May 9, 2011

Who controls the Social Media conversation?

In a clarion call for more proactive thinking Abraham Lincoln said, "The best way to predict your future is to create it." Something must have been lost in translation in the last 35 years because the U.S. energy policy has been anything but proactive.

In comparison, the digital media industry has been the beneficiary of the best and the brightest minds during this period. Its exponential expansion results from its remaining highly competitive and incredibly proactive. From 3 channels of TV in the 70's we now have hundreds of video channels to choose from, cell technology girds the earth in transmission connections, and the internet enables virtually unrestrained interactivity between users and content.

The accelerating shifts in communications has delivered the social media explosion. Now every user is their own channel opting-in and -out of connections on the fly. We don't need to go to the polling booth anymore - we vote and buy with each click to decide what's relevant and what isn't.

That begs the question "is bioenergy relevant?" Apparently this is a regional question. Dr. Bruce Dale reintroduced the term of "syllogism" to explain the following:

"House Speaker Tip O'Neill is famous for having asserted that all politics is local. Every farmer, rancher, and forester knows that all biomass is local. The syllogism is that all biomass is political!"

If you live in California you would be led to believe that bioenergy is not relevant. Greentech (photosynthesis) has been superceded with Cleantech (photovoltaics, geothermal, and wind). The Natural Resources Committees of the State Legislature votes down every regulatory change that would enable bioenergy projects to sprout. The California Air Resources Board seemed to go out of its way to de-certify corn ethanol as a low carbon fuel - affixing an unsubstantiated factor to indirect land use change that barely disqualified the fuel. Once challenged, they discounted the factor.

Why are they so obstinate? They'll insist that it is because of science but it is really the opposite of science. Science leads to more understanding and change. California, the most bio-diverse state in the union, could easily develop best practices to provide ag and forestry residues for biofuels while helping the proper funding of forest, farm, and ranch management. It's R&D centers can improve on developing conversion technologies.

It's all about local pressure engendered by social consensus building in the heart of California's liberal academia heartland. The inverted justice of guilty until proven innocent (of indirect land use change, toxic emissions, etc.) prevails. And you can't build anything until it is proven innocent. How else does one explain a regulatory standard that insists that a conversion technology cannot be permitted if it has ANY emissions?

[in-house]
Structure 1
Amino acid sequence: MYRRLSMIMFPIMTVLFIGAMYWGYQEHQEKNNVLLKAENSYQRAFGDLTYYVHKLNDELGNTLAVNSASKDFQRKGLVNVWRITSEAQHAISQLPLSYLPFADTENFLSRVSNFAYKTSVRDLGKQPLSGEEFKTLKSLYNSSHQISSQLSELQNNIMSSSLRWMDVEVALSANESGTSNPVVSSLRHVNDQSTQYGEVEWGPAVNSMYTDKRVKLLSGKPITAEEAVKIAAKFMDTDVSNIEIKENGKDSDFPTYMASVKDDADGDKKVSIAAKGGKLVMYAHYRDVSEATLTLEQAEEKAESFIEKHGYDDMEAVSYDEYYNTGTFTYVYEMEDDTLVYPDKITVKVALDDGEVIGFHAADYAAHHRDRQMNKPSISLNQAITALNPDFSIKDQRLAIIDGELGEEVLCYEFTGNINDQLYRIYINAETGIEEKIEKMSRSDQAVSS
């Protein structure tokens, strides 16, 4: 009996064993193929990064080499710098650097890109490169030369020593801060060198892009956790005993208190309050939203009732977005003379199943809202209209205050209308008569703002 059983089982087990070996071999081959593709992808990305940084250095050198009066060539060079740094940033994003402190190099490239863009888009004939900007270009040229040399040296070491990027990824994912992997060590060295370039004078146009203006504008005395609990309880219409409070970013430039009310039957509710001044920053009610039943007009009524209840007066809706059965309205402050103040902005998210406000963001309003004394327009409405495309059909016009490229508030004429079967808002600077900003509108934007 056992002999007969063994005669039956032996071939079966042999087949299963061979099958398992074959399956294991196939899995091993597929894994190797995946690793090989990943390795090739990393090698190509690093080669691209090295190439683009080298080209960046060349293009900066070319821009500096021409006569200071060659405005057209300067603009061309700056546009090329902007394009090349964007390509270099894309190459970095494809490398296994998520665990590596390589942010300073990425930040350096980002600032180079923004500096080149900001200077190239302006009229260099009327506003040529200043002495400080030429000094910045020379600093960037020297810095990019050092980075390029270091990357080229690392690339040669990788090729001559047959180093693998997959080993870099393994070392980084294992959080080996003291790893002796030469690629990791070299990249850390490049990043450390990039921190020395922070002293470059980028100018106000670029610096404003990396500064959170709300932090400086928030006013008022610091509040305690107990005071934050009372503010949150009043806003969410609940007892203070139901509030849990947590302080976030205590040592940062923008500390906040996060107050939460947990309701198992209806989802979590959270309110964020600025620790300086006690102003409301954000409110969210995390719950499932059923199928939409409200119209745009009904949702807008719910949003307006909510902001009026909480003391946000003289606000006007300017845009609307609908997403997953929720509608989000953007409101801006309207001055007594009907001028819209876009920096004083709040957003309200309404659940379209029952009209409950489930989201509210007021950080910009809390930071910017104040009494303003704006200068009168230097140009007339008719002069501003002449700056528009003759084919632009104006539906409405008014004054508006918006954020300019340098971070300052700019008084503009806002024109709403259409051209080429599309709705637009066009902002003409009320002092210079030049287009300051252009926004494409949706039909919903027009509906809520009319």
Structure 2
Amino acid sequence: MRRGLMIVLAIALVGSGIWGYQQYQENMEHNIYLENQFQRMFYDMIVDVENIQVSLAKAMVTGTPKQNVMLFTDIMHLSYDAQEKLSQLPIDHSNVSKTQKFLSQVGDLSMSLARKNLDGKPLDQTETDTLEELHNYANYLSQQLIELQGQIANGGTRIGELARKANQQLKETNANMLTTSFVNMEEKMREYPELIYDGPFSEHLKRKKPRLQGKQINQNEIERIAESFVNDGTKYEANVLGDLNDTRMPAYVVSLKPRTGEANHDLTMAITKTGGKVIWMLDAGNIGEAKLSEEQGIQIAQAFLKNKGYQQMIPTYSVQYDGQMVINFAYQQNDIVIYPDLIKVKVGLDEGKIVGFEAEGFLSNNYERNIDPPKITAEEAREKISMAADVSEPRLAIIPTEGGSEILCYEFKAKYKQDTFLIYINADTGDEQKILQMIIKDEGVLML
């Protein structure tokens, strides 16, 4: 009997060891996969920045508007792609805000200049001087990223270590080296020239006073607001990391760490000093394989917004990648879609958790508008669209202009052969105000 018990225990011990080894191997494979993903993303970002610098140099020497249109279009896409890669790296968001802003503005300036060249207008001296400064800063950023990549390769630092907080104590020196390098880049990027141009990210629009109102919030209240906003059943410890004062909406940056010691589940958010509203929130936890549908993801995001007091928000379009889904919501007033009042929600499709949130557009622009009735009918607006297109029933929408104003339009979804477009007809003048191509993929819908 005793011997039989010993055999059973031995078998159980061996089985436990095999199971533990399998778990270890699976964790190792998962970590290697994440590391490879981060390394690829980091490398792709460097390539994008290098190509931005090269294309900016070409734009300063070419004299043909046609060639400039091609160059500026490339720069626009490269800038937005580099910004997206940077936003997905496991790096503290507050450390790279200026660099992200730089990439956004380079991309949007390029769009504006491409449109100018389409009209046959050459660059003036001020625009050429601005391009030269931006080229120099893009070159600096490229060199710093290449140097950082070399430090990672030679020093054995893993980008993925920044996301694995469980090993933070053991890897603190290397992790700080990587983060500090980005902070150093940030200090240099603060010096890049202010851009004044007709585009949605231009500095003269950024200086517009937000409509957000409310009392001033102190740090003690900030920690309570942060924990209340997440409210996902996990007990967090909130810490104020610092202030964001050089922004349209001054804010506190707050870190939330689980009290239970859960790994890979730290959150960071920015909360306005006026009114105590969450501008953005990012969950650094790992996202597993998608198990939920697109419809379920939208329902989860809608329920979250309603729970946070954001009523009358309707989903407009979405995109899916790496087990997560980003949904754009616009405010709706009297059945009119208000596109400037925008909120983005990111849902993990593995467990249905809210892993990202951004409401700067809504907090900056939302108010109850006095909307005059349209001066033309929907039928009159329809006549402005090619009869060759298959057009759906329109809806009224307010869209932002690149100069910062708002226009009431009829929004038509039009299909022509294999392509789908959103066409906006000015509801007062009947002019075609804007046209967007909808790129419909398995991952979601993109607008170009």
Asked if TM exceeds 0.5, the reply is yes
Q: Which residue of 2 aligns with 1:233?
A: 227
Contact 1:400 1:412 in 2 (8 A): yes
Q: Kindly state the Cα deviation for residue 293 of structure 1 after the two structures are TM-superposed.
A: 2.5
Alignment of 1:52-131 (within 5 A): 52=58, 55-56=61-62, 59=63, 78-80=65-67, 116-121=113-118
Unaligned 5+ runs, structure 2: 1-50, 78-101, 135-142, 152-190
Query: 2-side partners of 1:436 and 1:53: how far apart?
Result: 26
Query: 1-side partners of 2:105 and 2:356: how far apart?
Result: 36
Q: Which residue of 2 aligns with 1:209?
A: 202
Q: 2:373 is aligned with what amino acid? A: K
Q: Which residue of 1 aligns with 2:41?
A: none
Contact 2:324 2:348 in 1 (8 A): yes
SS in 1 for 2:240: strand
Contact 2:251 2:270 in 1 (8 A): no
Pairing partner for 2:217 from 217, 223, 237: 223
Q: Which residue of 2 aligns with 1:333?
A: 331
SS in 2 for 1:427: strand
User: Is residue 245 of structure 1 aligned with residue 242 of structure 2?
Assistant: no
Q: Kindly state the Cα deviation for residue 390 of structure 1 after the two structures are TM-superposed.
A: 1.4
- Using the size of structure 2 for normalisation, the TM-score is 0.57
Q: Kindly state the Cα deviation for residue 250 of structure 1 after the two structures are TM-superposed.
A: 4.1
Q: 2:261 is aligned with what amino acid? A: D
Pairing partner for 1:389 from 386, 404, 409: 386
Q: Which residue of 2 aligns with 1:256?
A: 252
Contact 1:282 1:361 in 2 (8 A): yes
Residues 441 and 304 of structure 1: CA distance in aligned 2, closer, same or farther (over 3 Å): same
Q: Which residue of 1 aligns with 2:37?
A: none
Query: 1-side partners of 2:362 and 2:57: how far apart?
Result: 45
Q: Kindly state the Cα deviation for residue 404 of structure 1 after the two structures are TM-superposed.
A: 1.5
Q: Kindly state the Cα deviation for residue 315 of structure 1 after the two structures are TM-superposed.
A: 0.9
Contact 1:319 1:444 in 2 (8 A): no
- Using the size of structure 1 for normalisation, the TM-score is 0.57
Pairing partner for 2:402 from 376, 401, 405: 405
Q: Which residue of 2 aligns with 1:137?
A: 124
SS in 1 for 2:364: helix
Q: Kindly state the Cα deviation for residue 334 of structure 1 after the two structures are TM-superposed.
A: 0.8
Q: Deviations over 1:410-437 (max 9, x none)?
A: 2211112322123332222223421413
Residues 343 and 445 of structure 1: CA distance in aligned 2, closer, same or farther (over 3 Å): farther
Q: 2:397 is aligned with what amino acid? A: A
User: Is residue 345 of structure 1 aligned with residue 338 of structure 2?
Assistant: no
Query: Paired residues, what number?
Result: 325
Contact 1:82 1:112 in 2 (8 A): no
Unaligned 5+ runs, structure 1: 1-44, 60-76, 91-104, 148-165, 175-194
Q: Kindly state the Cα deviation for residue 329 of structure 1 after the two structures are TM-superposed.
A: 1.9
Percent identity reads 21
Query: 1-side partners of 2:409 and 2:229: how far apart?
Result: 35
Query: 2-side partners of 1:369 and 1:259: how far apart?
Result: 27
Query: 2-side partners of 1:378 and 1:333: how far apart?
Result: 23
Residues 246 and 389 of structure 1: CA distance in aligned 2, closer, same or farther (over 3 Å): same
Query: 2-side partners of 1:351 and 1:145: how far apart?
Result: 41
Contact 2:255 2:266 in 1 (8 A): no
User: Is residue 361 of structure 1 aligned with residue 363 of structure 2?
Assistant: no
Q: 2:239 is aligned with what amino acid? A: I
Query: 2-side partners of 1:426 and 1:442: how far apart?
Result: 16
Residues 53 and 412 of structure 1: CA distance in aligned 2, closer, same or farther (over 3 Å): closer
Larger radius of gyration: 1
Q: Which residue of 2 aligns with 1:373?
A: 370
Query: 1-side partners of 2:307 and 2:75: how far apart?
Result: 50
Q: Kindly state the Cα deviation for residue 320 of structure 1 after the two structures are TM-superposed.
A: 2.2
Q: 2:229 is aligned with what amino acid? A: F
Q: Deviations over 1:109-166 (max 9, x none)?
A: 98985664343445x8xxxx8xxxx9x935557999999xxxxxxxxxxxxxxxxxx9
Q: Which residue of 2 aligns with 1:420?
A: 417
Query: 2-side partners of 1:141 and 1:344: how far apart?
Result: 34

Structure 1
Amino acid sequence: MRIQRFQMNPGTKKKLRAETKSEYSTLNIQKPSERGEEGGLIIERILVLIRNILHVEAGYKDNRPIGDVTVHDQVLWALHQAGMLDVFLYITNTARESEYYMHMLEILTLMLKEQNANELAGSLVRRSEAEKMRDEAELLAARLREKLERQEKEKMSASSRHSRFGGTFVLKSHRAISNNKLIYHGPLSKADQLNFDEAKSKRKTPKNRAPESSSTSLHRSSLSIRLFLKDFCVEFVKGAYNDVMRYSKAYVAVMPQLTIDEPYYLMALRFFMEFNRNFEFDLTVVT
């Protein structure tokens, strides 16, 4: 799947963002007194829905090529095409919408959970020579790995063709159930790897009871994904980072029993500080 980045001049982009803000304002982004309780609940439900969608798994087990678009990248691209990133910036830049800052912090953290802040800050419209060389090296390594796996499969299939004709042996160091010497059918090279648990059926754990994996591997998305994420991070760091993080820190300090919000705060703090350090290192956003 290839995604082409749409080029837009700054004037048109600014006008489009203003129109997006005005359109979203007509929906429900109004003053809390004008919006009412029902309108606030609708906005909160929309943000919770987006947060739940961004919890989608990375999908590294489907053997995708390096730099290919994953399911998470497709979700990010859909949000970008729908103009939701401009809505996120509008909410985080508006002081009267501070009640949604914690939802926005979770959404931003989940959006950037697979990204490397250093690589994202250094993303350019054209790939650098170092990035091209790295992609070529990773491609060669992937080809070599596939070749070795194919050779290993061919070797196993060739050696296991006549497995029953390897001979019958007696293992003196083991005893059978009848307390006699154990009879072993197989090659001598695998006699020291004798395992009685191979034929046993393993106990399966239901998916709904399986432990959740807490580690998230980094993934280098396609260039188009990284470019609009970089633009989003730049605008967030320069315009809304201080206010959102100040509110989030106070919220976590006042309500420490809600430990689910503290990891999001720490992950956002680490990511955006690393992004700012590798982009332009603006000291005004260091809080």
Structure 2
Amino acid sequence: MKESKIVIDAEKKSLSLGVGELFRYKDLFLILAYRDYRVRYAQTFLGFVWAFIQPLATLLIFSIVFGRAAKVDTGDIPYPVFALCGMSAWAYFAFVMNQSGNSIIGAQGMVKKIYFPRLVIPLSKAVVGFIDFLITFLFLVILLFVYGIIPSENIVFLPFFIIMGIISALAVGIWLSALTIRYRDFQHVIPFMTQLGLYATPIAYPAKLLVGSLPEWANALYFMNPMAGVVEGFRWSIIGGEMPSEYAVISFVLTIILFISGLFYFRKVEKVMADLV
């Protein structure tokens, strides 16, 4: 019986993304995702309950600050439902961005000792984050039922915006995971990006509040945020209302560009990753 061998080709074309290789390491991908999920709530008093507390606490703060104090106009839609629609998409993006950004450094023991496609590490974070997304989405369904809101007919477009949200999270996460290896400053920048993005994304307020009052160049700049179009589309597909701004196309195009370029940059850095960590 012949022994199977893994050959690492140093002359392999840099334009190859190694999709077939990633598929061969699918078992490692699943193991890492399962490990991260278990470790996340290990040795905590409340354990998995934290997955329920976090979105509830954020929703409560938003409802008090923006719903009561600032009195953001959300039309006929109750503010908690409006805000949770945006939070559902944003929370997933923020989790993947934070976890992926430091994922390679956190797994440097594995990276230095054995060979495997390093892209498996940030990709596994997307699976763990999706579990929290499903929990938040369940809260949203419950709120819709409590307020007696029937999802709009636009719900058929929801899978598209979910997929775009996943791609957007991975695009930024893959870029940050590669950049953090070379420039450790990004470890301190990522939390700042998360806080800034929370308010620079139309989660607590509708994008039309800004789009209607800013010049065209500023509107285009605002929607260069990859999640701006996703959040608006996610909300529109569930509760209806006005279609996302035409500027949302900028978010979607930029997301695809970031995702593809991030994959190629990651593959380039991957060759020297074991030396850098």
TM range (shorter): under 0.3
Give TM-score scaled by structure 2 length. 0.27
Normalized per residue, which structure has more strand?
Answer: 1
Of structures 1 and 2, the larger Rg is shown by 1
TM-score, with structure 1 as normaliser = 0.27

Silicon Valley giants including Google, Facebook, YouTube, and LinkedIn have built the swords of social media and they are available to all interest groups in this country. Unless bioenergy enterprises, associations, and leaders start employing these tools, the debate will be dictated by those resistant to change and those with deep pockets who favor the status quo.

One egregious example is the European "Stop Bad Biofuels" Facebook page which features a animated YouTube treatment to simplistically educate followers about indirect land use change. The info page asserts "For most current biofuels, the effect is to wipeout any benefits for climate change - making them worse even than fossil fuels."

The consequence of this video's "Joe Camel" treatment of speculative iLUC theory is more status quo monopolization of unsustainable fossil choices at the pump - harmful to future generations. Either we research, develop and deploy more biofuels technologies now or suffer more oil addiction later.

technorati , , , , ,

1 comment:

C. Scott Miller said...

Maurzio Cocchi (@maurizio_cocchi on Twitter) asked me to upload this comment:

"Congrats for this post Scott, wish I could have listened to your speech in St. Louis last week.

Unlike other renewables, bioenergy can be obtained by a multitude of different feedstock through a lot of different conversion pathways. Biomass and biofuels can be used here and now in all energy sectors, power generation, heating and transports.

This complex nature of bioenergy is difficult to explain to the general public and the media so far have often failed to address this complexity in an appropriate way, focusing more on threats rather than on opportunities.

This week an important report by the IPCC about the role of renewables in fighting climate change was published ( By accident one of the most interesting statements I found there seems to me like an appropriate response to the simplistic explanation of ILUC in this video: "Changes in land and forest use or management that, according to a considerable number of studies, could be brought about directly or indirectly by biomass production for use as fuels, power or heat, can decrease OR INCREASE terrestrial carbon stocks. The SAME studies also show that indirect changes in terrestrial carbon stocks have considerable uncertainties, are not directly observable, are complex to model and difficult to attribute to a single cause".

Maybe things are not so easy to explain as just Peter liking potatoes and Jane loving sunflowers."